Modern methods of construction are now being used on all manner of projects, from restaurants to naval bases. Mark Faithfull looks at the latest developments and asks: could this be the age of off-site?
When the government announced an investment war chest for construction projects last year, the off-site industry rubbed its collective hands with glee. Schools for the Future, the Procure21 healthcare programme and the Ministry of Defence’s Single Living Accommodation Modules (SLAM) initiative, not to mention the need to create affordable housing quickly in the over-subscribed South-east, were all seen as unmissable opportunities for the proponents of modern methods of construction to prove that their solutions could be not just time-savers but cost-effective to boot. After several years waiting at the door, opportunity had surely knocked.
A few years ago this would have been unthinkable, but off-site manufacture has become credible once more against the healthy backdrop of a construction industry now used to demands for greater productivity and efficiency. “In our view OSM is definitely maturing into a very versatile, though not universally applicable, tool in a kit of parts,” says Tim Venables, a researcher at the Tanaka Business School at Imperial College, London. Venables, co-author of several reports on OSM, senses a gathering of momentum: “OSM tackles building skills shortages, it takes on-site tasks and brings them into the factory – in an age when our country is in manufacturing decline – and we have to think this makes it quicker, safer and cheaper than working in a building-site environment.”
Of course, the industry is still coming to terms with its new tool. Venables warns: “We’re looking at a traditional industry, albeit one that is much more flexible than it used to be. OSM still makes some housebuilders nervous when it comes to lending and insurance issues and they also need to see a definite advantage, which translates to the bottom line.” Increasingly though, these nerves are being calmed by a series of landmark projects up and down the country.
Some forms of OSM have forged ahead of the pack. Timber frame technology is currently reckoned to have an 18% share of the residential market, though this is still fairly small compared with the Scottish market, where the share is over 55% for new residential demand. Technologies such as closed-panel technology and structural insulated panels (SIPs) have been developed to aid the delivery of fully finished panel systems.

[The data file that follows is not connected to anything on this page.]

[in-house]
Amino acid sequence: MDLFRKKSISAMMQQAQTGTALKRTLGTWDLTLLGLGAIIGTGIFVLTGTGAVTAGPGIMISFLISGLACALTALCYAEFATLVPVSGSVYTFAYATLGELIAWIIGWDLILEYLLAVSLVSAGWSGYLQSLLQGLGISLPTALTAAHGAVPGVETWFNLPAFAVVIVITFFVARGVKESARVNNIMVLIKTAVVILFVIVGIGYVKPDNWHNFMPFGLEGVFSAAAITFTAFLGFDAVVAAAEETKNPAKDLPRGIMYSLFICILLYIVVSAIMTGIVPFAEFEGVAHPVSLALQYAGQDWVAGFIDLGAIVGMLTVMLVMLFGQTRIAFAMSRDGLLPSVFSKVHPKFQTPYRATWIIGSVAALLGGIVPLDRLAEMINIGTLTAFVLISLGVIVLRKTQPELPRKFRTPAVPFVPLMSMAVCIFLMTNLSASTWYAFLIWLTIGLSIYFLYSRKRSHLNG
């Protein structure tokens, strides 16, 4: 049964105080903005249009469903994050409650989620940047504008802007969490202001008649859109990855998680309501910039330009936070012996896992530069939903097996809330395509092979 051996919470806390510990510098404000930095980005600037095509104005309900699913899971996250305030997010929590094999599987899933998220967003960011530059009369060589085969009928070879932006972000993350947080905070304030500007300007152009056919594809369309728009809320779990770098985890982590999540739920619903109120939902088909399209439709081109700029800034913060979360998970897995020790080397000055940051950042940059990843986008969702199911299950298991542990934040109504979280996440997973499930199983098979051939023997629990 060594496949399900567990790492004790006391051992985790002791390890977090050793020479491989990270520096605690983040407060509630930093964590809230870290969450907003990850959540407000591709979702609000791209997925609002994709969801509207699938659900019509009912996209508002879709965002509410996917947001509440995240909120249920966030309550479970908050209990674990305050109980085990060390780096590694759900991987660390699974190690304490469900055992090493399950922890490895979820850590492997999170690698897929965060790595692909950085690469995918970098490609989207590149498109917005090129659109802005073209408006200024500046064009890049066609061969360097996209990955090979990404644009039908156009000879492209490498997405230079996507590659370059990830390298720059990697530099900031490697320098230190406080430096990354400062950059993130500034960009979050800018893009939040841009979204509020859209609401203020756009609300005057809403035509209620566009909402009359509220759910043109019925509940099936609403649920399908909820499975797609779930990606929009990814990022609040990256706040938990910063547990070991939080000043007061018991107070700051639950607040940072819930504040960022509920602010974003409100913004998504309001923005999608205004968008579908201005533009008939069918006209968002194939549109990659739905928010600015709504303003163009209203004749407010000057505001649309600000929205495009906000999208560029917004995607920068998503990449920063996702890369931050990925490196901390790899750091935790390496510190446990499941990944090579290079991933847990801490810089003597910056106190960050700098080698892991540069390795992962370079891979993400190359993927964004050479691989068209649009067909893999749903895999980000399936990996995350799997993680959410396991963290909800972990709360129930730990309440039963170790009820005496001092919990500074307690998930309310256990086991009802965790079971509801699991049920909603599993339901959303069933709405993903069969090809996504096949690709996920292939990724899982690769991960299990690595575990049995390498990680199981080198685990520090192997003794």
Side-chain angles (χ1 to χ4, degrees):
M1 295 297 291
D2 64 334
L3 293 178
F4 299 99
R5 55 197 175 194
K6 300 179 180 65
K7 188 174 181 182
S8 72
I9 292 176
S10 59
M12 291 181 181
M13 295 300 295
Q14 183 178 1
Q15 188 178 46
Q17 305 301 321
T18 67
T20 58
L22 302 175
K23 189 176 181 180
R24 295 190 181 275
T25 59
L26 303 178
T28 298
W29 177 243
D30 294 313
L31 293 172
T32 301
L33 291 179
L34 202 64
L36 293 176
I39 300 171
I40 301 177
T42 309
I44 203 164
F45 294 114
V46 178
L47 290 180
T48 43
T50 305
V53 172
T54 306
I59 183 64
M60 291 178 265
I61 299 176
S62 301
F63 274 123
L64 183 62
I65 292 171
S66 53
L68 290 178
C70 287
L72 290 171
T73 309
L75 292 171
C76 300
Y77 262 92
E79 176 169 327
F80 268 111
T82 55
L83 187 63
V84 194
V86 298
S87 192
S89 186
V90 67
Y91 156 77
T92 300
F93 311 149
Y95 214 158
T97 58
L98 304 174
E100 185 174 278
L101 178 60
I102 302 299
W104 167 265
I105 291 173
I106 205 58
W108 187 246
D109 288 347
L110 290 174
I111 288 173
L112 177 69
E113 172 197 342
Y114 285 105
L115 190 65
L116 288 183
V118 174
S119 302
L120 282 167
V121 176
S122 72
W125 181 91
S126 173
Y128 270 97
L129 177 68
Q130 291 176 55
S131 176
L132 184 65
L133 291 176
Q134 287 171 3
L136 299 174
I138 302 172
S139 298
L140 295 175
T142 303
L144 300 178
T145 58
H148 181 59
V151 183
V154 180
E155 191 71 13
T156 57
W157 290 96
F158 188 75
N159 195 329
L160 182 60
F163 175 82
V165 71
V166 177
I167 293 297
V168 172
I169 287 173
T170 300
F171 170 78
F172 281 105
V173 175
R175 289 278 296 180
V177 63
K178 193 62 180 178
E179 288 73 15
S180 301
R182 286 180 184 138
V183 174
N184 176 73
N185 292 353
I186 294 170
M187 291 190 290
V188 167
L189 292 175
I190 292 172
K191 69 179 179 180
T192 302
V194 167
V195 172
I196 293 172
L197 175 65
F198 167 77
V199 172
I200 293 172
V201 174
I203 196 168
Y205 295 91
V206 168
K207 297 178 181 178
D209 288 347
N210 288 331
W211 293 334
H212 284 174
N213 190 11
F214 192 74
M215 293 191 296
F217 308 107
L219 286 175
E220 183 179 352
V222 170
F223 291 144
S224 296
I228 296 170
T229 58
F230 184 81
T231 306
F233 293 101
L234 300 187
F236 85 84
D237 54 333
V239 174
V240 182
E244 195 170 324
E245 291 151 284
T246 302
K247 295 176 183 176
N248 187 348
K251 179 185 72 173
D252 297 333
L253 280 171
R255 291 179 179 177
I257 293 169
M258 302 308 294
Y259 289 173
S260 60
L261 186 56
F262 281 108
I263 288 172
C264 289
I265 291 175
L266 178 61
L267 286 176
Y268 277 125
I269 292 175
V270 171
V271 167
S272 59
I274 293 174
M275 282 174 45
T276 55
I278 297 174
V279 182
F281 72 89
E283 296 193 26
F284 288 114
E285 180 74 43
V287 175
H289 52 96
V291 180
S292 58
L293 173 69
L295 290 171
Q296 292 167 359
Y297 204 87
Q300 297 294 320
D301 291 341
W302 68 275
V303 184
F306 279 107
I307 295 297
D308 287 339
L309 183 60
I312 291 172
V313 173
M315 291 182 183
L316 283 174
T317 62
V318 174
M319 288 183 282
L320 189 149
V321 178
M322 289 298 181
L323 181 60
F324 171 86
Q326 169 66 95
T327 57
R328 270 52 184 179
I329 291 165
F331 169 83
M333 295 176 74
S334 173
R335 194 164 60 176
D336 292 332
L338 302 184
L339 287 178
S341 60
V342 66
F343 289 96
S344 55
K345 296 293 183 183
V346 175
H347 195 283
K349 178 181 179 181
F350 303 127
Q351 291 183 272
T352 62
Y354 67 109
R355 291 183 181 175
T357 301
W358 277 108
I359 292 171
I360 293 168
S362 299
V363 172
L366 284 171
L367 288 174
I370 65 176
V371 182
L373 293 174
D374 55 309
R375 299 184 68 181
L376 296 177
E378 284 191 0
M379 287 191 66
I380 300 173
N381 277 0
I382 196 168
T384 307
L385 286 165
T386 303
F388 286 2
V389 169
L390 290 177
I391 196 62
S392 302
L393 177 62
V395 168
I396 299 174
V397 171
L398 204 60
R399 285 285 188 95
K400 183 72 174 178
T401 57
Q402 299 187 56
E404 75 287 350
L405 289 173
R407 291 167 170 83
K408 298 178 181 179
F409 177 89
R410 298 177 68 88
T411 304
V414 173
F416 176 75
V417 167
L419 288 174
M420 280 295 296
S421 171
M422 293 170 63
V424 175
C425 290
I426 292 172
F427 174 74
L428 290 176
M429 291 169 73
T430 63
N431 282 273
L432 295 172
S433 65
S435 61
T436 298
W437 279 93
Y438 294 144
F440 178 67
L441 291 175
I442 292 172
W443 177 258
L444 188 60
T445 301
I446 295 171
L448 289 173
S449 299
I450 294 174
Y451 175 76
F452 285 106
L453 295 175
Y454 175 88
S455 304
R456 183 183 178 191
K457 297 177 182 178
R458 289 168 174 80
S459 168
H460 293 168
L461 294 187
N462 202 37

Hot on timber frame’s heels is steel frame, with companies such as Irish-based Fusion and steel giant Corus throwing their hats into the ring. Though timber systems are evolving from low-rise to medium-rise structures, steel is more strongly associated with taller buildings and is now challenging in the low-rise domestic arena.
The improvements in technology are beginning to overcome a classic OSM fear: that design is the first casualty. Take contractor Wates’ 77-apartment Riverside project in Cambridge. Intended, much like the lauded Murray Grove project in north London, to prove that modular does not have to mean a design bypass, the five-storey, £9.1m project is constructed with manufacturer Fusion’s frame system. In June, British Land purchased 54 units from Wates for £16m, with handover of all units scheduled by the first quarter of 2005.
John Rivett, Wates’ design director, admits that it has been a steep learning curve. “I’d liken it to riding a bike for the first time,” he reflects. “You start off wobbling but the more you do it the steadier you get. We’re in a situation where the suppliers are also doing a lot of educating, explaining to companies like ours how their systems work. So we’re making sure that our teams are intimately involved with our supply chain so that they get the maximum amount of learning out of the process.”
Further north, developer Urban Splash is behind what it claims is the first development of modular homes for private sale in the UK. Moho, a 102-apartment scheme designed by Shed KM and manufactured by Yorkon, is the latest phase of its brownfield Castlefield development in Manchester.
The company says that it has played up the use of OSM in its marketing material and believes that buyers are interested rather than concerned about the construction method. “We launched the project in June at an investor show and displayed a full module outside the G-Mex Centre, which raised a lot of interest,” says a company spokesperson. The apartments will be ready to move into in spring 2005. The spokesperson says: “We’ve sold just over a third and when the units are fully in place and the showrooms open this month they will be sold on the basis of how they look. They really are a million miles from the old prefab buildings and the OSM element will become a side issue.”
“OSM has been accused of putting up standard boxes – these projects show that’s not the case,” says Imperial’s Venables. “On a recent research trip to Germany, where the OSM sector is far more evolved than in the UK, I can say we saw everything from designer apartments to mountain chalets.”